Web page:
If you're not ugly sobbing after The Originals series finale, you clearly didn't properly invest your heart and soul in the Mikaelson family the way we did, because OH MY GOD, how do we go on after that?!

You may have been holding out hope that Klaus (Joseph Morgan) would pull off one final, great escape from the death sentence he gave himself by taking all that dark magic from Hope (Danielle Rose Russell), but sadly, it was not meant to be. Elijah (Daniel Gillies) did manage to take some of the magic into himself, giving Klaus one last coherent day with his family to say his goodbyes, which gave us quite a few heartbreaking — but also heartwarming! — moments. Klaus spent his last day with Caroline (Candice King), making good on his promise from the backdoor pilot to show her his favorite city, and he spent the evening with his family, indulging in a final celebration of his life as it came to an end.

When the sun finally set on New Orleans, Klaus and Elijah marched off toward death together, choosing to end both of their immortal lives (and the threat of the dark magic) once and for all. Klaus even arranged for Rebekah (Claire Holt) to receive the cure from Caroline in a few decades — presumably when Damon (Ian Somerhalder) dies — giving her an escape from immortality.

TV Guide spoke to The Originals creator and showrunner Julie Plec about that tragic ending and giving all of these immortal creatures the closure they deserved. Read on to see what she said!

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Joseph Morgan and Daniel Gillies, <em>The Originals</em>Joseph Morgan and Daniel Gillies, The Originals

When you first spun The Originals off from The Vampire Diaries, was this always the ending you had in mind, not only for Klaus but also for Elijah?
Julie Plec: When we started the series we knew that what we wanted to achieve by the end was a full completion to Klaus and Elijah's journey. Elijah was determined to help Klaus find his redemption and help him understand the power of unconditional love, and so we knew that along the way Elijah would take a dark turn as Klaus took a lighter turn and that the two of them would find themselves at the end, having completed that journey. We weren't sure how we would dramatize it at the end, but the choice to have them both decide to end life together was a decision that we made at the beginning of the final season.

Did it feel like a fitting end that the conclusion of the series was also the conclusion of the Originals' lives as immortals?
Plec:
I think that when you're thinking about creatures who were cursed to be immortal, the escape from that curse and the ultimate release from immortality is its own form of peace. I think, ultimately, every single one of our Original family will go down that road. We've sort of laid out the path for the three of them, but Kol (Nathaniel Buzolic), one day when he's done being a rake and a rogue, will reach a point where he feels like it's his time as well. And I think that that is the ultimate end of an immortal's journey.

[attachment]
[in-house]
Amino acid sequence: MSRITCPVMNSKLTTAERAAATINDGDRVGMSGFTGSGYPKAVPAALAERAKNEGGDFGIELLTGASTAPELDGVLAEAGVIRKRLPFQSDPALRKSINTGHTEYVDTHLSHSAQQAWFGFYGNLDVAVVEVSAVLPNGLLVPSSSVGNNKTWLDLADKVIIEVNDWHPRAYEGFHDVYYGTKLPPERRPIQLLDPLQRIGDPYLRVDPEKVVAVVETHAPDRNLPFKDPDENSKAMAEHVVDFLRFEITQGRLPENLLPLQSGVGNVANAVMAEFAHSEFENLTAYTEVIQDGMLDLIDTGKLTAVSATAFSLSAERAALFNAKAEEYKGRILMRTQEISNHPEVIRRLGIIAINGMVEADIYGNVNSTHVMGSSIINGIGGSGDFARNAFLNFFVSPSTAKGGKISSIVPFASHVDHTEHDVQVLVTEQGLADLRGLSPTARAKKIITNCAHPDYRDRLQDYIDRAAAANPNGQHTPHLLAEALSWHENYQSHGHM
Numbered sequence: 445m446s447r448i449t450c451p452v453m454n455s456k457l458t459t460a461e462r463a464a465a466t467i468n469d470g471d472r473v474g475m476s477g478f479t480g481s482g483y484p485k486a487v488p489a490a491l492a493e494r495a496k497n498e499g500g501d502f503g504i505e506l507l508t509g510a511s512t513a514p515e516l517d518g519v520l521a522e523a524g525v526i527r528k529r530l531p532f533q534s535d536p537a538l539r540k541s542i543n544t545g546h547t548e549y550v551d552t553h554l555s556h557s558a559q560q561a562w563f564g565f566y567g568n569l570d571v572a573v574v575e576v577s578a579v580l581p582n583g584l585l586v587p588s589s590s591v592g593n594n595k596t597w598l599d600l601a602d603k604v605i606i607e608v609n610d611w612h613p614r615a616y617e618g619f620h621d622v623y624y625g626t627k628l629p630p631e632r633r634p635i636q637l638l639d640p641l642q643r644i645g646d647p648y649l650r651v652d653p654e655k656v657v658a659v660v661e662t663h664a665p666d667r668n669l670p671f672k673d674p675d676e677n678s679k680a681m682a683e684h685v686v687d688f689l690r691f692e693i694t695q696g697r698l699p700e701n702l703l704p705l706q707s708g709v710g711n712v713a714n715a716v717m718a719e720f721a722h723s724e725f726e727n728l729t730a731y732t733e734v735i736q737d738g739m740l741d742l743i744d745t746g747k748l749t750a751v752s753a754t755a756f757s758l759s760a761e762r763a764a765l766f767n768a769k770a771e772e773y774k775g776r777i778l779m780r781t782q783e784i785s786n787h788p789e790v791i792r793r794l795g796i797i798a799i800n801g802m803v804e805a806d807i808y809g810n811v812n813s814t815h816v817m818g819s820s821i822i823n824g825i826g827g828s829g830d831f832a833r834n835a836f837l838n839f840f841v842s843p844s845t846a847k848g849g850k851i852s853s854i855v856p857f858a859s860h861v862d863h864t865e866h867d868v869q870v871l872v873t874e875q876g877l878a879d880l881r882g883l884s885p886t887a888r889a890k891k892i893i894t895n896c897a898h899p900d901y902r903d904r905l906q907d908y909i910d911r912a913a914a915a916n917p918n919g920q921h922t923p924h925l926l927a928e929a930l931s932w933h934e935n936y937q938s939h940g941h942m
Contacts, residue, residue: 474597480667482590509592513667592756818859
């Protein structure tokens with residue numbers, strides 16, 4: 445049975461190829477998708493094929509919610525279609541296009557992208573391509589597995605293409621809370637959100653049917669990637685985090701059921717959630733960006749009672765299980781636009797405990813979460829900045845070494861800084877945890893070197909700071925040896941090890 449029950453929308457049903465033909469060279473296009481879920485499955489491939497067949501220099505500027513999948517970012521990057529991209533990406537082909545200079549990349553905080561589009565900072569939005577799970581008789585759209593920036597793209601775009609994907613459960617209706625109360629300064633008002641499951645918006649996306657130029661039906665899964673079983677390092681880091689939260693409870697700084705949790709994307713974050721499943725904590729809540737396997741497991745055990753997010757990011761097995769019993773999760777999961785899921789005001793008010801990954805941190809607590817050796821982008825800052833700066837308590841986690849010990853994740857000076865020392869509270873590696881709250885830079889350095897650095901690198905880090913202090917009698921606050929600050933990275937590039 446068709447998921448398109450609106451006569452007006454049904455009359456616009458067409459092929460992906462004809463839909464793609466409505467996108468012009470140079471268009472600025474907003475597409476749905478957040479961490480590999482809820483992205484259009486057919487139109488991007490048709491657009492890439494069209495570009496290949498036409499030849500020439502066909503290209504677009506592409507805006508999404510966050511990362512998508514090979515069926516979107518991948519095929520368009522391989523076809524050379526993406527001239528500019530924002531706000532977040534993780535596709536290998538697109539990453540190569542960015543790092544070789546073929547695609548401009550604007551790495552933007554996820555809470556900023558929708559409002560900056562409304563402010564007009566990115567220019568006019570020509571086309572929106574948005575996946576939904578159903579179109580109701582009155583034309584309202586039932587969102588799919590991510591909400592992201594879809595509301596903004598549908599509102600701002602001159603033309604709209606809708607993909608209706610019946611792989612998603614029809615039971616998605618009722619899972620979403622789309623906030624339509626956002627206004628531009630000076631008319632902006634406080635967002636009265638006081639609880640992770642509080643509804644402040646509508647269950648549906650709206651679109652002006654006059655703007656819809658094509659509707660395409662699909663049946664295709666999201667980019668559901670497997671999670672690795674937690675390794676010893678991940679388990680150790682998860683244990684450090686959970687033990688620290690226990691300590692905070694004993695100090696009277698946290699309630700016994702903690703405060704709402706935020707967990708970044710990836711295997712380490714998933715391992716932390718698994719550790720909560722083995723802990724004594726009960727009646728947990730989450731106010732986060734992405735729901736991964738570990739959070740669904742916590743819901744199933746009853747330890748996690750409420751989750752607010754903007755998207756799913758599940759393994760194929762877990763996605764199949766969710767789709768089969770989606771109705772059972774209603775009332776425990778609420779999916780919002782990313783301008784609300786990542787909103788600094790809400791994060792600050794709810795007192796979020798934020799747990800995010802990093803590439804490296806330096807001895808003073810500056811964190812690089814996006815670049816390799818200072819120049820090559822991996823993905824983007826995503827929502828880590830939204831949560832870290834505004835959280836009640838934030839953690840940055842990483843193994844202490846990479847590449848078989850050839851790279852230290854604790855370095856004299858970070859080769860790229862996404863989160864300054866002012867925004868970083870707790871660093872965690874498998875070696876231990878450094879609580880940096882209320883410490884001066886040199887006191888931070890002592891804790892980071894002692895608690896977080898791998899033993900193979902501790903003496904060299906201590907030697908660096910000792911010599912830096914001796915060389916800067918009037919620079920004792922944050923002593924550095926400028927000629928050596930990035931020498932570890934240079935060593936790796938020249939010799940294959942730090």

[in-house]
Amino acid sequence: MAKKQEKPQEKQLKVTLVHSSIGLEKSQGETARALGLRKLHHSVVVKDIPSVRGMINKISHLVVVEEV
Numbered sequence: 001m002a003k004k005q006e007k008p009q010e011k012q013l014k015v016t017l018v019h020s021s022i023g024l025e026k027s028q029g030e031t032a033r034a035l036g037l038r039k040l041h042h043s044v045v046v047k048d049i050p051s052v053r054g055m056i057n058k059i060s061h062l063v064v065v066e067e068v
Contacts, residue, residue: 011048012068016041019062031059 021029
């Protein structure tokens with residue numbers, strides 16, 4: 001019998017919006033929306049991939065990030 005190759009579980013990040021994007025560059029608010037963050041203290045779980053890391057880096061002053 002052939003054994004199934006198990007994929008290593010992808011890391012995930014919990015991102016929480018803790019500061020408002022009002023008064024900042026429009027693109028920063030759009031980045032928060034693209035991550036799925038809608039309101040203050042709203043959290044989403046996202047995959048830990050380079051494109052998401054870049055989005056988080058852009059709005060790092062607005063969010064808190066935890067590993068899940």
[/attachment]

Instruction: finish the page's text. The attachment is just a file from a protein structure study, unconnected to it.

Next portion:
We got a lot of really great emotional goodbyes in this episode. Which one was the hardest for you to write?
Plec:
Gosh, I think just being there in New Orleans, where we shot the pilot, at that bench in Jackson Square as those two brothers who had been in that spot upon learning of the existence of a baby and now are coming together to do what they could to save that child, having found all the love that they needed as a result of her having been born, just was so beautiful. And Elijah knowing that he had lived his full life many times over and wanting to be by his brother's side at the end was to me a really tragic but beautiful resolution for them.

How did you approach Hope and Klaus' goodbye, which essentially needed to pay off a relationship that was, in a lot of ways, the backbone of this entire series?
Plec: It was all driven by the line in the very first episode when Klaus said "every king needs an heir." He went into this journey of being a father rather selfishly, not really feeling like he needed this person in his life. He certainly spent a lot of years trying to avoid that emotional connection as often as he could and then ended up tragically as a single parent having to make the ultimate sacrifice to ensure that his daughter would live on. I loved watching that journey for him, I loved seeing how this crazy, mad king could be softened by a small child and how ultimately a teenage Hope could stand up to him and make him see the error of his ways as a parent and conquer his own remaining immaturities from his own damaged childhood. For me, it was a great relationship to be able to explore all season long.

Candice King and Joseph Morgan, <em>The Originals</em>Candice King and Joseph Morgan, The Originals

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There were so many losses this year. Was there ever a moment in which you debated whether this season was too death-heavy?